Reason #2: We believe exposure to ideas is vital.  Banning books limits the exposure of ideas.

A great video from Penguin authors: Jacqeline Woodson, Carolyn Macker, Anthony Horowitz, Lev Grossman, Laurie Halse Anderson, M.T. Anderson, Maureen Johnson, Sarah Dessen, Ellen Hopkins, Heather Brewer, Lauren Myracle, Nina LaCour, Meg Rosoff, T.A. Barron, Chris Crutcher, Rita Williams-Garcia, Dave Barry, Kathy Reichs, John Green, and Jay Asher.  They all weigh in on how they feel about censorship.  Great video.  

Recommends from our newest UofM Freshman Lily (we're so sad she's gone!):

If you loved Scott Westerfeld's popular Uglies series, you're in for a treat, because his new book Afterworlds is... completely different. And so, so much better. Now, I'm not bashing Uglies;  Westerfeld handled the image-centric dystopian series like a pro, but he's playing an entirely new game with Afterworlds, and excelling at it. If you want to read young adult literature at its best, this book is a must.
Eighteen-year-old protagonist Darcy Patel is a novelist. Not an aspiring writer, an honest-to-goodness novelist with a fresh new young adult novel and a book deal. Thrilled with the path her career is taking, she convinces her parents to let her move to New York City to work on the sequel, effectively putting off college for another year. In New York, Darcy finds herself immersed in the close-knit circles of the YA author community. She writes in her own apartment, attends YA drinks night, and forms friendships with the writers who are now her peers (I'm ninety-nine percent sure that the character of Stan Anderson is actually a cameo appearance by John Green). But Darcy's focus starts to slip, and her untitled sequel suffers as a result. Can she make it in the big city, or as a writer?  Will she reach what her friends have affectionately dubbed "YA Heaven"?
Darcy's story is also interwoven with that of Lizzie, the protagonist of Darcy's novel, for a cool meta effect that will leave readers clamoring for more. Afterworlds is best for ages twelve and up, and will be released on September 14th. Come in and reserve a copy- this is one that you don't want to miss.

Starglass by Phoebe North

Faster than you can say "Not another spaceship book," I am proud to present... one of the best darn spaceship books of our time. It's chock-full of awesome sci-fi action, rebellion (naturally), Jewish culture, mysterious aliens, and a really cool, sassy botanist.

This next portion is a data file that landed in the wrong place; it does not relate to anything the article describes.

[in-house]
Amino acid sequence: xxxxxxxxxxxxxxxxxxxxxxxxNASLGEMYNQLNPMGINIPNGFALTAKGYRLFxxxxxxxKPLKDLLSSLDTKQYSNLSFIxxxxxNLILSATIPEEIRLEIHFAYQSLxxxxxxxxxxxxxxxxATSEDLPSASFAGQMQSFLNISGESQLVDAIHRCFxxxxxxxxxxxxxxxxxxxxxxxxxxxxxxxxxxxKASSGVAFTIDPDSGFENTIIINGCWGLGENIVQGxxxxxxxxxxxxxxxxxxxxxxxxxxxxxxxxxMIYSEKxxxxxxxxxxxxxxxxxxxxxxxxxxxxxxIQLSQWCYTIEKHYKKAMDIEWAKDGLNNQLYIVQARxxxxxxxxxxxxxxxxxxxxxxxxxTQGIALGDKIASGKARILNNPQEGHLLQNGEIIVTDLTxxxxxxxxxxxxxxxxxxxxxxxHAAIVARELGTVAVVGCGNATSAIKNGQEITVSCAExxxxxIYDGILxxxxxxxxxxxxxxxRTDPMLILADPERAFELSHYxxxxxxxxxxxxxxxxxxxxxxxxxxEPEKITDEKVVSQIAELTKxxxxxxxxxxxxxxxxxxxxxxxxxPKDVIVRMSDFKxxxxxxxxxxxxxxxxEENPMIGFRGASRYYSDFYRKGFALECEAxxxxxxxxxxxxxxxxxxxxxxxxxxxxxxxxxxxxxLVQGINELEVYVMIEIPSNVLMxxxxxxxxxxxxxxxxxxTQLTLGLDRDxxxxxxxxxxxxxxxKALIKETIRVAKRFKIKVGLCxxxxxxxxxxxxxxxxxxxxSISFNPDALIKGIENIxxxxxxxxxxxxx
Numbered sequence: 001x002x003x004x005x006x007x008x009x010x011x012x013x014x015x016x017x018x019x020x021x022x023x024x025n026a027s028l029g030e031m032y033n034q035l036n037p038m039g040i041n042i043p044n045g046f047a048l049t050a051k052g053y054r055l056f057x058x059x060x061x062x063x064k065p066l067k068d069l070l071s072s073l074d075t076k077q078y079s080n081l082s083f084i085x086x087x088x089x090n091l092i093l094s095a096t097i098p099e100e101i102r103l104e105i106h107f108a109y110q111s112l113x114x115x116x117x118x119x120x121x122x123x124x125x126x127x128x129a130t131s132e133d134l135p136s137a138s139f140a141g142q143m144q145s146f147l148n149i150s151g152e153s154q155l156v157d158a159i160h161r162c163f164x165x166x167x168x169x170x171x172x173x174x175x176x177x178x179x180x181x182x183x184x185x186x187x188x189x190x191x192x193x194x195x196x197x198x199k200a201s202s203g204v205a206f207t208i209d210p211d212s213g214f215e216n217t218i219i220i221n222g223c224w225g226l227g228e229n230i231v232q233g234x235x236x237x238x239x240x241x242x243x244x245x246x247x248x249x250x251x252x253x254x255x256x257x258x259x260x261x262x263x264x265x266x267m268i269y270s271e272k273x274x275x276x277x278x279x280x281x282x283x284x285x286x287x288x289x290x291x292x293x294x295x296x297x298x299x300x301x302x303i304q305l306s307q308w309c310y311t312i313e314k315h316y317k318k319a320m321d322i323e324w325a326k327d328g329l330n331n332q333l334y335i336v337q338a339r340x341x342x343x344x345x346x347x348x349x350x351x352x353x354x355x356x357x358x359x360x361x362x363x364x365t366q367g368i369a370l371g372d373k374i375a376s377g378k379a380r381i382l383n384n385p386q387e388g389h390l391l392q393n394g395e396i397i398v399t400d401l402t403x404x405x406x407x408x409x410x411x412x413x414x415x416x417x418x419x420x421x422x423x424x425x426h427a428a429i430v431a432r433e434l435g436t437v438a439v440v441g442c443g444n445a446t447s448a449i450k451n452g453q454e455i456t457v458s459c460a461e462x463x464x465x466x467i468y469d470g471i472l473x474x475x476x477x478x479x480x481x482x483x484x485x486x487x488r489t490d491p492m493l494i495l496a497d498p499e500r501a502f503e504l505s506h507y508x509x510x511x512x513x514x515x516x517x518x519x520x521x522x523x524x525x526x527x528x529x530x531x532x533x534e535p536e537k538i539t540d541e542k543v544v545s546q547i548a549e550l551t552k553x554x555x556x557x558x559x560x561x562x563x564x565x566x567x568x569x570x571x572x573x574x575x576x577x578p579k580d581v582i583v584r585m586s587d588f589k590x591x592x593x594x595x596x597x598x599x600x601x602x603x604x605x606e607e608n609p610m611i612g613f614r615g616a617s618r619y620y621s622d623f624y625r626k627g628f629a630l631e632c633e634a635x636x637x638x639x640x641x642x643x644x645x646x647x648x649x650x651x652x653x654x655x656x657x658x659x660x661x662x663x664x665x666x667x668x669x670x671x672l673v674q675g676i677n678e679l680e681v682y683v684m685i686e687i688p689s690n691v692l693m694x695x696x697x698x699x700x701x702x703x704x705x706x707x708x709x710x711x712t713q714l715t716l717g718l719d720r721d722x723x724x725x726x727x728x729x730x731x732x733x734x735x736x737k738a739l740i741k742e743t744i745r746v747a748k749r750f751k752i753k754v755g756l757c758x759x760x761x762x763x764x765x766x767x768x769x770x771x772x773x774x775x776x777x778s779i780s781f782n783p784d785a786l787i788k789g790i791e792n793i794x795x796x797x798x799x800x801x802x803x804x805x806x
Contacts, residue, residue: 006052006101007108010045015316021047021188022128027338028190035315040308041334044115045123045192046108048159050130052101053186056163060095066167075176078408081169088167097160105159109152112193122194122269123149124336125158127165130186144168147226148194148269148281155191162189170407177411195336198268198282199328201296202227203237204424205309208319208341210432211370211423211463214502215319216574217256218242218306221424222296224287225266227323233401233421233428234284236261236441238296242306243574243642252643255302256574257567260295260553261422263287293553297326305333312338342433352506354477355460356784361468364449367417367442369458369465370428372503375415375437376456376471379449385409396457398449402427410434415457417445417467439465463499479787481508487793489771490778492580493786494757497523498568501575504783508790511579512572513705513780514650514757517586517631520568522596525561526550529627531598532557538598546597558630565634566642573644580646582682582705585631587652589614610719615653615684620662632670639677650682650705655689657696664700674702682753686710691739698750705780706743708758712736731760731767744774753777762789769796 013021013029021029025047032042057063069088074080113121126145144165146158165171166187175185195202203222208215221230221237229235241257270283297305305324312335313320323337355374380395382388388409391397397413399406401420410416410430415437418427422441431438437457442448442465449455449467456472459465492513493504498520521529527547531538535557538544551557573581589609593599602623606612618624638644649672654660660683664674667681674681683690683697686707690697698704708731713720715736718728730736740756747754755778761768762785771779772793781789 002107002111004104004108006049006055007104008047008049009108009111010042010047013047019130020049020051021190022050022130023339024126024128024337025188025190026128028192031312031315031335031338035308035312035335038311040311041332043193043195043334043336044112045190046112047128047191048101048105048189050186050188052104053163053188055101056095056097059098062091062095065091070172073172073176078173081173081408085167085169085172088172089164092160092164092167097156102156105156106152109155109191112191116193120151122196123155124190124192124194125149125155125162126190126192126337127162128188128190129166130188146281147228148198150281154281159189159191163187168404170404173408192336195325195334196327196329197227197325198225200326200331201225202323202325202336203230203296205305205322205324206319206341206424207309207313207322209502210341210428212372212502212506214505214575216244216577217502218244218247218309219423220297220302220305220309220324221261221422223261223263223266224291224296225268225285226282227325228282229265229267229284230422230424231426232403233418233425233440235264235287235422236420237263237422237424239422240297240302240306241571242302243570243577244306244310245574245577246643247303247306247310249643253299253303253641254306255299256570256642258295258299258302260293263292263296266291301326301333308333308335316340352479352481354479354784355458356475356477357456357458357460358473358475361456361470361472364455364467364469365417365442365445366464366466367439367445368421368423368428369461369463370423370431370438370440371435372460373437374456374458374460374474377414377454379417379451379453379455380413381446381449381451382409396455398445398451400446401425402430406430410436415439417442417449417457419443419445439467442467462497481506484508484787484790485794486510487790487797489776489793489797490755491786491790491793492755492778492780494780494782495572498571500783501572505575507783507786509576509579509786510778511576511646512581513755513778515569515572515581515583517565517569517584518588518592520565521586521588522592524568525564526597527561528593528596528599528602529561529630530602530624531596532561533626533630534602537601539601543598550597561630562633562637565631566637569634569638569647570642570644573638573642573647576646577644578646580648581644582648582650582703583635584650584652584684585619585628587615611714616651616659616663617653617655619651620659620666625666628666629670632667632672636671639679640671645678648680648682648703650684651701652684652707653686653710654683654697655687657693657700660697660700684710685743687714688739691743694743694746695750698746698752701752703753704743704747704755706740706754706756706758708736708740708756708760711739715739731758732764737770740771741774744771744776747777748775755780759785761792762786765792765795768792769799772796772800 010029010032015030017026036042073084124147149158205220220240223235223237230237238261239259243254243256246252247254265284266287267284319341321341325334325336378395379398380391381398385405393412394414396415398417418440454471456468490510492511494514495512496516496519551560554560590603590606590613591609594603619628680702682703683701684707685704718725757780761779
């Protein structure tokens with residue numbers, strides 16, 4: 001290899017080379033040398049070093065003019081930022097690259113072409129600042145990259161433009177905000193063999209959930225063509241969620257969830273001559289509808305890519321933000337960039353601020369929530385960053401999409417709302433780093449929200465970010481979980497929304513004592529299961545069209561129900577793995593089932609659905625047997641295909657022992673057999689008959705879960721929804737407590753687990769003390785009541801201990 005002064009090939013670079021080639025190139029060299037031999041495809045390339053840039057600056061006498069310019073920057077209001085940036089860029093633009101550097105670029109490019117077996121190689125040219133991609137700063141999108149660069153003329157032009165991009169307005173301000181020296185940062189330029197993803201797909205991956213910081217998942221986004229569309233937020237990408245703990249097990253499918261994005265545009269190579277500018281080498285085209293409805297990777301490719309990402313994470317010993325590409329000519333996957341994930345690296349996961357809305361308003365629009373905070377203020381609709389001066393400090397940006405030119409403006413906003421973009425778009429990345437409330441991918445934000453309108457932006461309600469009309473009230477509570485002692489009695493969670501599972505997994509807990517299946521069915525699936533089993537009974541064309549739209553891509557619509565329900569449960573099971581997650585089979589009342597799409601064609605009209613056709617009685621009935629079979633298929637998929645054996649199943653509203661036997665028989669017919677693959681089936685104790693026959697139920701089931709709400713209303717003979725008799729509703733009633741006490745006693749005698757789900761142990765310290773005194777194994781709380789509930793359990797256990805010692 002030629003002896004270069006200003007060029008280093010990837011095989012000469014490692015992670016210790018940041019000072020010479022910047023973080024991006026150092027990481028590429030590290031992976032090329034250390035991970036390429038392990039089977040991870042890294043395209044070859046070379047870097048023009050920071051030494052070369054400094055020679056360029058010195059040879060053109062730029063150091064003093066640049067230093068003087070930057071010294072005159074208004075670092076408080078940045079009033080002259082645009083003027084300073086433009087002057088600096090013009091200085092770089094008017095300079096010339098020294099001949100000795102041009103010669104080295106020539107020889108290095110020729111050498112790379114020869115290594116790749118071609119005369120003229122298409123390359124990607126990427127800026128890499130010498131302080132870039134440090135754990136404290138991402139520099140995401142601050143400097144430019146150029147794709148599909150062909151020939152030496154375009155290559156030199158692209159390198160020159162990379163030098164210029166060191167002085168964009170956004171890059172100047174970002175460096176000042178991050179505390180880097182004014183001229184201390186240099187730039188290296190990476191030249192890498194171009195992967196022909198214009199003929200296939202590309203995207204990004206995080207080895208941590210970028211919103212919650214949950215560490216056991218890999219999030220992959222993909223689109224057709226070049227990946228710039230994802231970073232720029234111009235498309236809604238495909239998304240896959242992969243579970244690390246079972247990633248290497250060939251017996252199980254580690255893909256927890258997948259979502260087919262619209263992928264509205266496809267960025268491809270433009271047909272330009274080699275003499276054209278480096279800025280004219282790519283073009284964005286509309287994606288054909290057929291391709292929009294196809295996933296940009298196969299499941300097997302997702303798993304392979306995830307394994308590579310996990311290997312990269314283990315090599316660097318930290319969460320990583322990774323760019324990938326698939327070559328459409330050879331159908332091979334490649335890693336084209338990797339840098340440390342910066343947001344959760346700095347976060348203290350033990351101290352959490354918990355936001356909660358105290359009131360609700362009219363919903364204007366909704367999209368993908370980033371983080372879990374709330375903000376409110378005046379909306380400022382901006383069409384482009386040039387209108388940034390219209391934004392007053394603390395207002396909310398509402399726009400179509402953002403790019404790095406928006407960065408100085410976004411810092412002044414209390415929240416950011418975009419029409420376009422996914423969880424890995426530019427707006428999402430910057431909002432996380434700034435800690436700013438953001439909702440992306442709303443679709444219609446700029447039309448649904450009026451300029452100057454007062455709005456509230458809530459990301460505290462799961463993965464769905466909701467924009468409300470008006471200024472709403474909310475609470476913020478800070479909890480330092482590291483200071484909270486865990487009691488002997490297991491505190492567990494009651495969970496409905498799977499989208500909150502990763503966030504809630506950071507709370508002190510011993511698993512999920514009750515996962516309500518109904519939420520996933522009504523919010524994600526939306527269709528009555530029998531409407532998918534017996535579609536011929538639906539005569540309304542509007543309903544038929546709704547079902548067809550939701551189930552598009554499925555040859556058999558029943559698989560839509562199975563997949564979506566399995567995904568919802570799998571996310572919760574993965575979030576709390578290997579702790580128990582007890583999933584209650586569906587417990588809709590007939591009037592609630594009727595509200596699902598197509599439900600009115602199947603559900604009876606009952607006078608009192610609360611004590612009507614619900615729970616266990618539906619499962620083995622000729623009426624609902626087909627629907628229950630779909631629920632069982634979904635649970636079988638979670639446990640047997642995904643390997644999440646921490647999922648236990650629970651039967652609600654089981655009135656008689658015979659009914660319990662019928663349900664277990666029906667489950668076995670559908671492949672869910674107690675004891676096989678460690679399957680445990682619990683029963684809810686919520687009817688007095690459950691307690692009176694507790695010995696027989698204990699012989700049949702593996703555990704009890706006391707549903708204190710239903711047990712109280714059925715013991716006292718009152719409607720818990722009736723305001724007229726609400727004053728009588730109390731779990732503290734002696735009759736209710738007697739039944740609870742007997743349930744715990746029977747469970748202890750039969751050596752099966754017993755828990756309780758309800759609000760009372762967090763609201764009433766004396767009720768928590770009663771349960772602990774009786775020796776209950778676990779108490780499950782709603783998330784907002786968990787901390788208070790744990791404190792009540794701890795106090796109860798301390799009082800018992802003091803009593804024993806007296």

In fact, plants play an important role in this saga about Terra Fineberg, a sixteen-year-old passenger on the good ship Asherah, which was founded to preserve Jewish culture after the death of planet Earth. The Asherah is soon to reach Zehava, the promised planet that Terra's people have been journeying toward for hundreds of years. But the new planet isn't the first thing on Terra's mind. Society aboard the Asherah has become tightly controlled, and Terra has just reached the age of legal adulthood. Burdened since her mother's death, with a drunk, vindictive father, Terra now has the added stresses of a job assignment she doesn't want, a betrothed who won't kiss her, and a strange being who lingers in her dreams almost every night . But these things seem trivial once she finds out about the steps the ruling Council has taken to preserve order. Terrified and appalled, she joins a faction of rebels called the Children of Abel, who seek to ensure that the Asherah's people will be free from tyranny when they reach Zehavah's surface. But nothing is as it seems. Can the Children really be trusted more than the Council? Will Terra ever escape her crushing loneliness? And most importantly... is Zehava even inhabitable?
Terra is a wonderfully flawed and believable protagonist who makes outer-space struggles relatable, and the cast of supporting characters is just as varied and interesting, from Terra's difficult father to her nonconforming boss. And to make things even better, Starglass's sequel, Starbreak, has just been released, so you can read both installments in one fell swoop! Best for ages fourteen and up.